A Hong Kong businessman’s plan to build a $3 million lodge on Crown land bordering a scenic South Island lake has raised the hackles of the Acting Commissioner of Crown Lands. But there are strong signals the lakeside land will be offered up for sale, David Williams reports.

A massive lodge could be built on what is now Crown land, just 40 metres from the shore of pristine Lake Pukaki.

In March last year, the Overseas Investment Office gave Blue Lake Investment (NZ) Ltd approval to spend $16.5 million buying the 3550-hectare Guide Hill Station, which is on the eastern shores of the lake, near Tekapo.

The company has now lodged a resource consent application to build an 805 square metre lodge, with an indoor swimming pool containing 152,000 litres of water, and a separate two-winged gatehouse building that would cover 294 square metres.

The proposal’s a perfect storm of two high-profile issues – overseas ownership of land and the changing landscape of South Island high country stations, especially in the Mackenzie district, where irrigation is turning traditional tussock-land into green pastures.

Blue Lake’s consent documents suggest the $3 million lodge, built on sensitive lakeside land, will be the personal domain of Hong Kong billionaire Ka Kit “Peter” Lee, one of Blue Lake’s directors, as well as his guests and staff. As a trade-off, Blue Lake has offered to put a protective covenant over 1400 hectares – almost 40 percent of Guide Hill – an area larger than what was agreed to through the OIO process.

The proposed lodge breaches several planning rules of the Mackenzie District Council. Public submissions close today.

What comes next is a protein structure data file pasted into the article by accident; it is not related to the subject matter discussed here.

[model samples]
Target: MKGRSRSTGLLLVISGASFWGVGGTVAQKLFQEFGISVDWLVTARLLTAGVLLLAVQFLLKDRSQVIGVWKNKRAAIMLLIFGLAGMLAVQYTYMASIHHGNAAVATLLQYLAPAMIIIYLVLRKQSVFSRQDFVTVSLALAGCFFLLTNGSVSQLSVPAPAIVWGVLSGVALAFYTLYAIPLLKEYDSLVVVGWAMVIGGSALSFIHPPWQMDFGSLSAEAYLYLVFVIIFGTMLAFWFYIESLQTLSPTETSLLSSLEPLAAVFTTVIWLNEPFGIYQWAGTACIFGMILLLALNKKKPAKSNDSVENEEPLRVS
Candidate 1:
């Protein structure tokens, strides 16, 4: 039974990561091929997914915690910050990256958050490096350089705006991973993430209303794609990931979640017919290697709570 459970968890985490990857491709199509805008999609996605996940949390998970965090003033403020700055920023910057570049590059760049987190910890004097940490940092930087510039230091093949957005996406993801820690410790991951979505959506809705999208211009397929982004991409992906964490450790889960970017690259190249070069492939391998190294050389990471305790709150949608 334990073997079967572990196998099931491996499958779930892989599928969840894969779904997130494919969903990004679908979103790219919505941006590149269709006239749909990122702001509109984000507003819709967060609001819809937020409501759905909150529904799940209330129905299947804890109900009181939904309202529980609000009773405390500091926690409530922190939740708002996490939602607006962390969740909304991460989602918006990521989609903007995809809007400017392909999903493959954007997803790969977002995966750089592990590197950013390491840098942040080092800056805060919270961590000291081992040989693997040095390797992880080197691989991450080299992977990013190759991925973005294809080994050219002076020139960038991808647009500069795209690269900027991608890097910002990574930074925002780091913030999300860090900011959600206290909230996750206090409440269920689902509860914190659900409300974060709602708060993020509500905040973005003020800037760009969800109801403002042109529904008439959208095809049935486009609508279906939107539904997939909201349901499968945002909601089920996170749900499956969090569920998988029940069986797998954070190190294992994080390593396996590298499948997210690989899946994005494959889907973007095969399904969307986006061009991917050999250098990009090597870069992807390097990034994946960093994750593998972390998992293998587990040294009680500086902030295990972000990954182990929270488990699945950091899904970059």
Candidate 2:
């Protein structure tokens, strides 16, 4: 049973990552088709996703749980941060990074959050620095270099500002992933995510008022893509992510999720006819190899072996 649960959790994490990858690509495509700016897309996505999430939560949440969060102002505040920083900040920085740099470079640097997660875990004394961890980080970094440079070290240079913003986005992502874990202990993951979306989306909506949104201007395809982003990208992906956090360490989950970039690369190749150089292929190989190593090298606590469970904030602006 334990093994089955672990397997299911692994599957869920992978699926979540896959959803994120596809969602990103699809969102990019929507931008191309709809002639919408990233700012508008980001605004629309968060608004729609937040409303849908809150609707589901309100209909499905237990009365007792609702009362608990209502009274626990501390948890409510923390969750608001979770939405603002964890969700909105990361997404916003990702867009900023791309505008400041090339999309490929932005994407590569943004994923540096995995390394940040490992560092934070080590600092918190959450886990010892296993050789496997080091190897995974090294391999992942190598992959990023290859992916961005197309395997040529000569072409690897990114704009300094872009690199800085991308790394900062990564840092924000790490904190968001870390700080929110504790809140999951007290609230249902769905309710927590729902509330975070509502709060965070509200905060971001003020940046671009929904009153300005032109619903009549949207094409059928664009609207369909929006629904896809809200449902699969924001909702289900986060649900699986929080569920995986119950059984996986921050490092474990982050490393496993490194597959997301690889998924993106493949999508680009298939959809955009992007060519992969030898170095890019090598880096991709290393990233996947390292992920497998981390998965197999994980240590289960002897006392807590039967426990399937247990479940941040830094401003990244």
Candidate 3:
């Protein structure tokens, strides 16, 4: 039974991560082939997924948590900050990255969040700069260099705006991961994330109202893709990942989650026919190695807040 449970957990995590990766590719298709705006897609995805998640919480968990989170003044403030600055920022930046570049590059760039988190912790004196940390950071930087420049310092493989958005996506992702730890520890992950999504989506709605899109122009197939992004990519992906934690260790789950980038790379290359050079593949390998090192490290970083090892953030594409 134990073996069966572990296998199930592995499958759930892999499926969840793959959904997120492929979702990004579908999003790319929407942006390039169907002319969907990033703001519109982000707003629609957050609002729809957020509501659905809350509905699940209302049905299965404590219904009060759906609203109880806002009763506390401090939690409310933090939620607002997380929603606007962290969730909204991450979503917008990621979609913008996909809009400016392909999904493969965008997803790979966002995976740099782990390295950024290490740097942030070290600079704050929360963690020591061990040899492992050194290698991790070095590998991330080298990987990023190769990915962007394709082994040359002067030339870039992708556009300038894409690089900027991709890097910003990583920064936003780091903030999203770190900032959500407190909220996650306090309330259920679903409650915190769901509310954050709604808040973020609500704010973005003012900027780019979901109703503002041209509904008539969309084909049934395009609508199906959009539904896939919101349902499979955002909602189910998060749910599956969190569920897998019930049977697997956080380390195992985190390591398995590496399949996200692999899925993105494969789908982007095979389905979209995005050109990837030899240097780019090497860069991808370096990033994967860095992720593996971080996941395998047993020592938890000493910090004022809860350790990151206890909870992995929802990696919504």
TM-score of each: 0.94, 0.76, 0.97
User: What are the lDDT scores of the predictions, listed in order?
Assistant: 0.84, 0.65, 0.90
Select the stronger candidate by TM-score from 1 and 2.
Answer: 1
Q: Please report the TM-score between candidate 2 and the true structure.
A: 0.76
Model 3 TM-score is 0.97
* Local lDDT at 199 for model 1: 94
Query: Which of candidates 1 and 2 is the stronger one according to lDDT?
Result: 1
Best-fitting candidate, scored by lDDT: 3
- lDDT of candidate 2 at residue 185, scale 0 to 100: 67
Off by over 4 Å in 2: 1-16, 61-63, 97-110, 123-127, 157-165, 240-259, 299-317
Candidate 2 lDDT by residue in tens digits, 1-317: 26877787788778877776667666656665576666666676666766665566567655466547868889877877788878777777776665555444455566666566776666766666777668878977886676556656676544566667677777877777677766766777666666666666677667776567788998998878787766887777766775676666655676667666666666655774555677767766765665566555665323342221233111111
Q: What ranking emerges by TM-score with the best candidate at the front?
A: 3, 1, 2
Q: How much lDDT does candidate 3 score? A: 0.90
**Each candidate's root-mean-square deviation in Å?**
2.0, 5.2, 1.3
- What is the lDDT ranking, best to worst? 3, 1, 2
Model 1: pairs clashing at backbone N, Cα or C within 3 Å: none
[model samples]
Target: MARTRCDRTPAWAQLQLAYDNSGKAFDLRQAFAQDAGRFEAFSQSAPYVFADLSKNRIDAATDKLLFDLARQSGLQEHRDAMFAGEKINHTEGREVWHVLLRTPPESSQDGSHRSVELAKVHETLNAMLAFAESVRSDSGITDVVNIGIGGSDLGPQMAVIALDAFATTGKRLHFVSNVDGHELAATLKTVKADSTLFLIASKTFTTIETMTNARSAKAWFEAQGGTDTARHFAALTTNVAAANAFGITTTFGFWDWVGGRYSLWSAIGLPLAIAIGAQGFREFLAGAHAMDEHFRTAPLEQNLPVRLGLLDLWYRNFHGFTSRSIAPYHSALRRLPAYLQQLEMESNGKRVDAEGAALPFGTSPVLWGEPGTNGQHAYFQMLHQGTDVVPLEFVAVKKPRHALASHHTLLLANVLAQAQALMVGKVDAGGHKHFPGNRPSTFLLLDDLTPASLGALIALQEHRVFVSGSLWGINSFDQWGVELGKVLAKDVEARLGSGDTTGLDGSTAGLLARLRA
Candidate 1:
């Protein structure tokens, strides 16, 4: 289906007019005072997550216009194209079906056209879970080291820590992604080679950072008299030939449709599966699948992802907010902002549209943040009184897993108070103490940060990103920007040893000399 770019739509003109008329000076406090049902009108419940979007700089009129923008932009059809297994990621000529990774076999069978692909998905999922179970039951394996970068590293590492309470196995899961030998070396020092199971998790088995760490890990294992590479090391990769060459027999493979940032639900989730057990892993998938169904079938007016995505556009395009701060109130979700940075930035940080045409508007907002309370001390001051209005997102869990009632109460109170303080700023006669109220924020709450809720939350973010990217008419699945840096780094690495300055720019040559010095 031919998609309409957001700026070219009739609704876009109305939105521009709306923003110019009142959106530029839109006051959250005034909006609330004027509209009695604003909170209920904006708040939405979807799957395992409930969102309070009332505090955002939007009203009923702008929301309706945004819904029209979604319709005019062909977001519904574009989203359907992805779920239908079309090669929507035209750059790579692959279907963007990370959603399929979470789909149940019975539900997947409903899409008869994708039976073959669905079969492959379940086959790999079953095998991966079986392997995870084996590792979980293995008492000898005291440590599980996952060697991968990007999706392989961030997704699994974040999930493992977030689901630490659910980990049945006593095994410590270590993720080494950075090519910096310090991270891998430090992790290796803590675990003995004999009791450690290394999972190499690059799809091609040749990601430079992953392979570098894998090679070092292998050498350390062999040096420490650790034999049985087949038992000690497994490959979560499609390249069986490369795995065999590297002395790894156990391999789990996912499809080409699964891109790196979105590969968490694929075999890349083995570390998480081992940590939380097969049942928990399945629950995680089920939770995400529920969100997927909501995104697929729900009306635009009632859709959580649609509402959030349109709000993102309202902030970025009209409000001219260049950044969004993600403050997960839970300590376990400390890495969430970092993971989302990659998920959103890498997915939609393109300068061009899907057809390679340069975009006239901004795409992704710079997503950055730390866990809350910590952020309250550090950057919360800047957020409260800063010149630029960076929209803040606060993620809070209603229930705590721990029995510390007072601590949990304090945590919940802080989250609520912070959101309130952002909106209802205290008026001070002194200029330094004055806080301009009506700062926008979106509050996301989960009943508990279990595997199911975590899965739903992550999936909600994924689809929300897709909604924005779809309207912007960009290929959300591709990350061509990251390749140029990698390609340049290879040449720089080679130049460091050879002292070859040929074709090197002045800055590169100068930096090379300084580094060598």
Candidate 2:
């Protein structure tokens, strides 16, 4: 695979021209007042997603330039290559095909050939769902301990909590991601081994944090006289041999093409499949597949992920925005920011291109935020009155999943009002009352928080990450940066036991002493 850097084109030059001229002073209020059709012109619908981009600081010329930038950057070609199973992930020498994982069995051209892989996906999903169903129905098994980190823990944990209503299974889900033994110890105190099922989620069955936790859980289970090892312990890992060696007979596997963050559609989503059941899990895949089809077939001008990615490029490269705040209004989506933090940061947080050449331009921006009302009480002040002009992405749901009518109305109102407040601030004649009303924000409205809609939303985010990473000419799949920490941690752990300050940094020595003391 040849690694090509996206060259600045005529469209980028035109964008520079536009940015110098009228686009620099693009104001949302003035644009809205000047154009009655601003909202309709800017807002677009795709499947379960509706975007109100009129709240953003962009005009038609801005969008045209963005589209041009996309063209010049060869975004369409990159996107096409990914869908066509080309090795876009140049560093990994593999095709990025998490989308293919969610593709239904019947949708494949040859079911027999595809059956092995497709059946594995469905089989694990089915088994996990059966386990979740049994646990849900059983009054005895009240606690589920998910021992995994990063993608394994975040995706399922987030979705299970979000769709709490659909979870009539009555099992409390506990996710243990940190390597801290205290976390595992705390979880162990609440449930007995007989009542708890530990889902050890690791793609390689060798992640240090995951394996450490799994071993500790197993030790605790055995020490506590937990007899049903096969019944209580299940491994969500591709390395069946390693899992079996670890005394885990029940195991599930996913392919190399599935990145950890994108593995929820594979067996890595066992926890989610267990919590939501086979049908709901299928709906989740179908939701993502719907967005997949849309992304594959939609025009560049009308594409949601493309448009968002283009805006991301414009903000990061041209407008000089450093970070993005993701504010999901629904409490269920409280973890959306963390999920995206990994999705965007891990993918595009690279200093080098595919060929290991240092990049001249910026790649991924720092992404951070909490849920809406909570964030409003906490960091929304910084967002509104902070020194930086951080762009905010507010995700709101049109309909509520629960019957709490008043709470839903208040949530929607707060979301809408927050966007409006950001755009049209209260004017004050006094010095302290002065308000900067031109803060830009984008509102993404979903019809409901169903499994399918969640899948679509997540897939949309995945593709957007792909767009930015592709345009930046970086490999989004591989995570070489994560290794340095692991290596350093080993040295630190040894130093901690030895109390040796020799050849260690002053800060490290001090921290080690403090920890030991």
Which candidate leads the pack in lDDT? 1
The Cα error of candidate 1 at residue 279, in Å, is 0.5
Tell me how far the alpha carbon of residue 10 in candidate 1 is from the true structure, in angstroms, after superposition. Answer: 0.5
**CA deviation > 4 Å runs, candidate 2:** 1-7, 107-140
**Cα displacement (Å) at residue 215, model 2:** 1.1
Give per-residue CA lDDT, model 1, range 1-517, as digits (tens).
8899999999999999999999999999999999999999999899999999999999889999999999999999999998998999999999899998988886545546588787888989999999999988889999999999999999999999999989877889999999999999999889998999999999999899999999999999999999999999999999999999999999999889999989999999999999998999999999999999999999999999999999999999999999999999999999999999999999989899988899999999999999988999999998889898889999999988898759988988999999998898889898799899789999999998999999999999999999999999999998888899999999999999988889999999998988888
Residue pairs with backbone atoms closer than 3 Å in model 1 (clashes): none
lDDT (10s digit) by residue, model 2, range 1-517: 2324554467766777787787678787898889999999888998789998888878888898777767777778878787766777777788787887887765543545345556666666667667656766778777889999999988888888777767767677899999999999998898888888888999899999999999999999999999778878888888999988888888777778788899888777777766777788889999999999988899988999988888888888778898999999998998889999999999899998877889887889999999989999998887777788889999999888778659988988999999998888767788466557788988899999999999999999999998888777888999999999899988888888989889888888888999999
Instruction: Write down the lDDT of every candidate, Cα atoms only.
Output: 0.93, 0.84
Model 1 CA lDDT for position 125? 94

Blue Lake told Mackenzie’s council that Guide Hill Station is “contracted to buy back some land from the Crown”. However, Acting Commissioner of Crown Lands Craig Harris says that’s not the case.

Harris’s November 29 letter to the council, released to Newsroom by Land Information New Zealand, says there is no contract with Guide Hill Station Ltd or Blue Lake Investment (NZ) Ltd. “No decision has been made on the alienation of this land to Guide Hill Station Ltd or any other party,” the letter said. LINZ spokeswoman Joanna Carr confirms her department has not given approval for the buildings proposed by Blue Lake or a planned access track.

But the Crown’s position on the lakeside land is opaque.

The Government took the land from the station in 1976 for electricity generation. The Overseas Investment Office decision, issued in March last year, gave Blue Lake consent to buy freehold 28ha of “former Crown land” which was to be “returned by the Crown to the vendor”.

And LINZ confirmed that last year it applied for consent, on behalf of the Crown, to subdivide 47.8 hectares of Crown Land “to repatriate it to Guide Hill Station Ltd”.

(Carr describes that as “preparatory work” after Guide Hill Station applied to buy the land.)

‘Moral duty’

Why a sale’s even being considered isn’t clear. LINZ’s consent says “there are no applicable offer-back provisions” and Blue Lake “is not entitled to the benefit of any offer back”. But the Crown considered it had a “moral duty” to offer the land back to Guide Hill’s former owners, the Gould family, and the new allotment should “logically” be amalgamated with the rest of the station.

Forest & Bird’s Canterbury/West Coast regional manager Jen Miller says the whole situation “stinks” and appears murky. She also believes a neighbouring landowner might be disputing the potential sale.

Blue Lake lawyer Graeme Todd, of Queenstown, is bemused by the LINZ letter and says the process has been frustratingly slow for his clients. “Nobody’s ever said to us that it’s not going to be offered back. As I see it, it’s just simply taking time to go through a process.”